Pfizer to Acquire Small Molecule Anti-Infectives from AstraZeneca

Pfizer plans to acquire AstraZeneca’s anti-infective drugs.

With plans to acquire yet another small business, Pfizer may have learned something from the large insurance mergers that made headlines recently.

After announcing plans to acquire Medivation on Monday, Pfizer now plans to acquire a small molecule anti-infective business from competitor AstraZeneca.

With the agreement, they will now own the development and commercialization rights to AstraZeneca’s late-stage small molecule anti-infectives business, according to a press release from Pfizer.

“This agreement reinforces our strategic focus to invest in our three main therapy areas where we can make the greatest difference to patients’ lives,” said Luke Miels, executive vice president for Europe and head of the Antibiotics Business Unit at AstraZeneca. “We’re pleased that our strong science in antibiotics will continue to serve a critical public health need through Pfizer’s dedicated focus on infectious diseases, ensuring these important medicines reach greater numbers of patients around the world.”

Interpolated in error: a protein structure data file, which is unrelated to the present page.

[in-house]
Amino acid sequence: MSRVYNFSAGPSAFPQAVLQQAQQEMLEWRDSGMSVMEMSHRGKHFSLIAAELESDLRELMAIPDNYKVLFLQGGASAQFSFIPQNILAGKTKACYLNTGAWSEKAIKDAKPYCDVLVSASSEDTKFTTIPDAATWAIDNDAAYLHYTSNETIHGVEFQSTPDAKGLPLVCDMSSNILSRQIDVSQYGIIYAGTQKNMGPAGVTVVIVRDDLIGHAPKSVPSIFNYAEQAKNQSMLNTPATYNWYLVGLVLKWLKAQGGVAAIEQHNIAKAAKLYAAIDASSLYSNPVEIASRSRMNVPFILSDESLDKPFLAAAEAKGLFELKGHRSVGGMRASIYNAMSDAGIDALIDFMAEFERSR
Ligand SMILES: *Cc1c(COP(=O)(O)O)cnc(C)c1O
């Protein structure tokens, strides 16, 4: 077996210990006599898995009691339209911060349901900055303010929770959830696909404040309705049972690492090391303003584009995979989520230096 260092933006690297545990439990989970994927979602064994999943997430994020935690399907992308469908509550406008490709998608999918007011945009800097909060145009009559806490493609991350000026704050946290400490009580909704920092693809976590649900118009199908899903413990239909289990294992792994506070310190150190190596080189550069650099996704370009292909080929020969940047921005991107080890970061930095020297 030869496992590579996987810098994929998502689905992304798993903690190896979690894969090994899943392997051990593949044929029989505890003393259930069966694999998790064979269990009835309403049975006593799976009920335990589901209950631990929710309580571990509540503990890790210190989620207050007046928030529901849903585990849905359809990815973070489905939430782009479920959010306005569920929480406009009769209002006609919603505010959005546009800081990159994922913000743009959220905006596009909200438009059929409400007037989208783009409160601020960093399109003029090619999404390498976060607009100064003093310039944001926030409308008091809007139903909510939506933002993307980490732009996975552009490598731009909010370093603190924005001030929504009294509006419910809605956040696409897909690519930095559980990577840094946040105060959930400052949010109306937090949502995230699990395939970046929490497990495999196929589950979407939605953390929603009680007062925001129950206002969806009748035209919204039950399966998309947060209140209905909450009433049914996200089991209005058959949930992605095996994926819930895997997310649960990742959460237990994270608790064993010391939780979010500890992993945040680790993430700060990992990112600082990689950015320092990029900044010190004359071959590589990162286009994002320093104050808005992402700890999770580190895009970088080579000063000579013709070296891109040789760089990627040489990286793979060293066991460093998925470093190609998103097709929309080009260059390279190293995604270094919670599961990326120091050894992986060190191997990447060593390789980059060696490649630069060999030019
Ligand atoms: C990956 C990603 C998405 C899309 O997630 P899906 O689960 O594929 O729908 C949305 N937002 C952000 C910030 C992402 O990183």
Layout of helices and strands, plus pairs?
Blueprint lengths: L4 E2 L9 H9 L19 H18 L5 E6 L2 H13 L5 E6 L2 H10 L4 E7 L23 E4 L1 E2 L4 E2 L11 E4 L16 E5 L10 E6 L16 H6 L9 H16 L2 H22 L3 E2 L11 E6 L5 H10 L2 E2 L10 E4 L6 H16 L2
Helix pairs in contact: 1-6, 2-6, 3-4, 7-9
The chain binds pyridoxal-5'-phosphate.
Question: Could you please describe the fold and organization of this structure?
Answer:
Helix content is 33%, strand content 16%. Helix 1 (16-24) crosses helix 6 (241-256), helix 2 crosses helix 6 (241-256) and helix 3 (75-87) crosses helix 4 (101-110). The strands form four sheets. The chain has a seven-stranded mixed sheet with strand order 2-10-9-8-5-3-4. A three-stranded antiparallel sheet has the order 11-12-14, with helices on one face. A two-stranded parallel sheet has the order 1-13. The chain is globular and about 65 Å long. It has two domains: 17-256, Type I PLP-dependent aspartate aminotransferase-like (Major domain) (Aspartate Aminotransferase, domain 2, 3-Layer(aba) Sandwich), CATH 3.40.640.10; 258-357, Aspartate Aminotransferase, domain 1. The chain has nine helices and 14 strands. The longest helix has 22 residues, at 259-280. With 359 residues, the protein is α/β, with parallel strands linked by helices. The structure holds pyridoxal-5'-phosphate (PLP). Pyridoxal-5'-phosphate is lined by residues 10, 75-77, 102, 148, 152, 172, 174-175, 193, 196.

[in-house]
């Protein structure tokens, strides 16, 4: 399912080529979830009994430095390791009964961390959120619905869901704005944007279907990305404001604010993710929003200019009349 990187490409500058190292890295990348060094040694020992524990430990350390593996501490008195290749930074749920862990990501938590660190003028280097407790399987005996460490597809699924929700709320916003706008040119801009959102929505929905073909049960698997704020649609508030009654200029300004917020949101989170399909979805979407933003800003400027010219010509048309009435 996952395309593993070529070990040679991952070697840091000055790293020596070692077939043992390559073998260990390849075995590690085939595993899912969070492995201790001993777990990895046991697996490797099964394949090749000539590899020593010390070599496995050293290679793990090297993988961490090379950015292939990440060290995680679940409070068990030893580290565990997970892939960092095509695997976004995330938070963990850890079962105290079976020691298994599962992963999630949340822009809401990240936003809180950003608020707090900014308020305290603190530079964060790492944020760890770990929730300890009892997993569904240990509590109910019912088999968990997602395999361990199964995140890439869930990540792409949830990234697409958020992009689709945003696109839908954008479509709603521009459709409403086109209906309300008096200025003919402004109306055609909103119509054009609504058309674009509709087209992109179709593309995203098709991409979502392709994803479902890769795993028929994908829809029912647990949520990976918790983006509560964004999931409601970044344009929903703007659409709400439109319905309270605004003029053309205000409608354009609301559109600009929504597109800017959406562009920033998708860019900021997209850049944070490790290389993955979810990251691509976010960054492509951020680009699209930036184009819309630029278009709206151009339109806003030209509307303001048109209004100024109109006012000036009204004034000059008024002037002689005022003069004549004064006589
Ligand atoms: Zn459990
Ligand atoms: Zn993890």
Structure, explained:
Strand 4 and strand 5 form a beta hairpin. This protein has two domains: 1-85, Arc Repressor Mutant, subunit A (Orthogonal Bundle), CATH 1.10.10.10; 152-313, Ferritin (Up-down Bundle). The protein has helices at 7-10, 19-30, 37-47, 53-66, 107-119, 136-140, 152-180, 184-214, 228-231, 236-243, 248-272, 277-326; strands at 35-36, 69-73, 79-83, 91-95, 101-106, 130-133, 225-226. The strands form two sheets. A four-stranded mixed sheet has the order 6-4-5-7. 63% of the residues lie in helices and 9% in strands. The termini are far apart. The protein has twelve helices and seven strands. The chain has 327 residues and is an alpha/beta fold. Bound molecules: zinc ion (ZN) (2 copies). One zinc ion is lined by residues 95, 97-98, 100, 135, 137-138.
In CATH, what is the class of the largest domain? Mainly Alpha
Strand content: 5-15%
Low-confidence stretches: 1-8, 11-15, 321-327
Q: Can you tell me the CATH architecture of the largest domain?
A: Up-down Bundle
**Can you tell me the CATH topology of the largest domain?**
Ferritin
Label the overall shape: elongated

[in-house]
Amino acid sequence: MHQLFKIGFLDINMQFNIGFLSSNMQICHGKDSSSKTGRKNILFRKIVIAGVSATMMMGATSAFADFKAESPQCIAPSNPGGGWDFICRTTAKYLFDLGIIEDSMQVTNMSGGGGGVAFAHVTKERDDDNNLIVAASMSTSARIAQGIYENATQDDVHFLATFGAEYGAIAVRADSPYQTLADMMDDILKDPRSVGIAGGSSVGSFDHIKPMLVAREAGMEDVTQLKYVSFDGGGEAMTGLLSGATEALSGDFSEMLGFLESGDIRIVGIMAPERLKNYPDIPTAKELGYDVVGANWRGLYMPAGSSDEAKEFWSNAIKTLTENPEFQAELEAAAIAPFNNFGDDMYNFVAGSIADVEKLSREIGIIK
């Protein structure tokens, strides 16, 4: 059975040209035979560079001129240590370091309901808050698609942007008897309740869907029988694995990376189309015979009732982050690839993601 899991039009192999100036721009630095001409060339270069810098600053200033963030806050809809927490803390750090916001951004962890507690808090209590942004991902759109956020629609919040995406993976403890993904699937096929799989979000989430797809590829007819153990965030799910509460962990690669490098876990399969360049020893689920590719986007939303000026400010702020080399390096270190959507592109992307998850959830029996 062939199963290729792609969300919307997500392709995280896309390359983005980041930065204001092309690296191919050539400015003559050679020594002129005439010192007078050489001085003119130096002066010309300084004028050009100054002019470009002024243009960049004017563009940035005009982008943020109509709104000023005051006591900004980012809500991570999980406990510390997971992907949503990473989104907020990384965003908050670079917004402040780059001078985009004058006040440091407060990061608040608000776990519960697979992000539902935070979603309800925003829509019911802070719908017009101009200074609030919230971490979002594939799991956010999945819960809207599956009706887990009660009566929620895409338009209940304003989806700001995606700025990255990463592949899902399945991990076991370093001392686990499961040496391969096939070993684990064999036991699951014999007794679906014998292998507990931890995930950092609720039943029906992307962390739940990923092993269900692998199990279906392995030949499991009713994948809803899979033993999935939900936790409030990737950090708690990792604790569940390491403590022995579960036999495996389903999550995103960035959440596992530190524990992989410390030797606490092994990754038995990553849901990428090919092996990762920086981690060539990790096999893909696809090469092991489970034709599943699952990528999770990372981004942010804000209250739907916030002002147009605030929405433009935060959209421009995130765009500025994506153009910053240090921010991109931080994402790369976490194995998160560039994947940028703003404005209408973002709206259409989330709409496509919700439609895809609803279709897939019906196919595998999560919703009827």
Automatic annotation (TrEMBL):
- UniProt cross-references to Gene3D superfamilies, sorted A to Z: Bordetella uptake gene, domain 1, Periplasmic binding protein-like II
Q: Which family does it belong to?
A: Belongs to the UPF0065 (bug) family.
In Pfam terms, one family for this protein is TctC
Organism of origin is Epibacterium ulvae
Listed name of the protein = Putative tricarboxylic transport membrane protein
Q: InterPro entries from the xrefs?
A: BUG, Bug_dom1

Pfizer will now have the rights to the drug ceftazidime-avibactam (Zavicefta), which just gained approval in the European Union. This drug is able to fight multi-drug resistant Gram-negative infections, including infections that are antibiotic resistant.

They will also have rights to already marketed drugs, such as meropenem (Merrem/Meronem) and ceftaroline fosamil (Zinforo). Clinical development assets include aztreonam-avibactam (ATM-AVI) and CXL, according to the press release.

AstraZeneca will receive $550 million up front, and another $175 million in 2019. They will also receive up to $250 in milestone payments, $600 million in sales-related payments, and royalties on sales of ceftazidime-avibactam and ATM-AVI, Pfizer reported.

“As we continue to reshape our Essential Health portfolio, we are focusing on areas that further address global public health needs and that complement our core capabilities and experience in therapeutic areas, including anti-infectives. We are committed to looking for ways to enhance our portfolio around the world where we offer patients and healthcare professionals access to more than 60 anti-infective and anti-fungal medicines,” said John Young, group president, Pfizer Essential Health. “The addition of AstraZeneca’s complementary small molecule anti-infectives portfolio will help expand patient access to these important medicines and enhance our global expertise and offerings in this increasingly important area of therapeutics, in addition to providing the opportunity for near-term revenue growth.”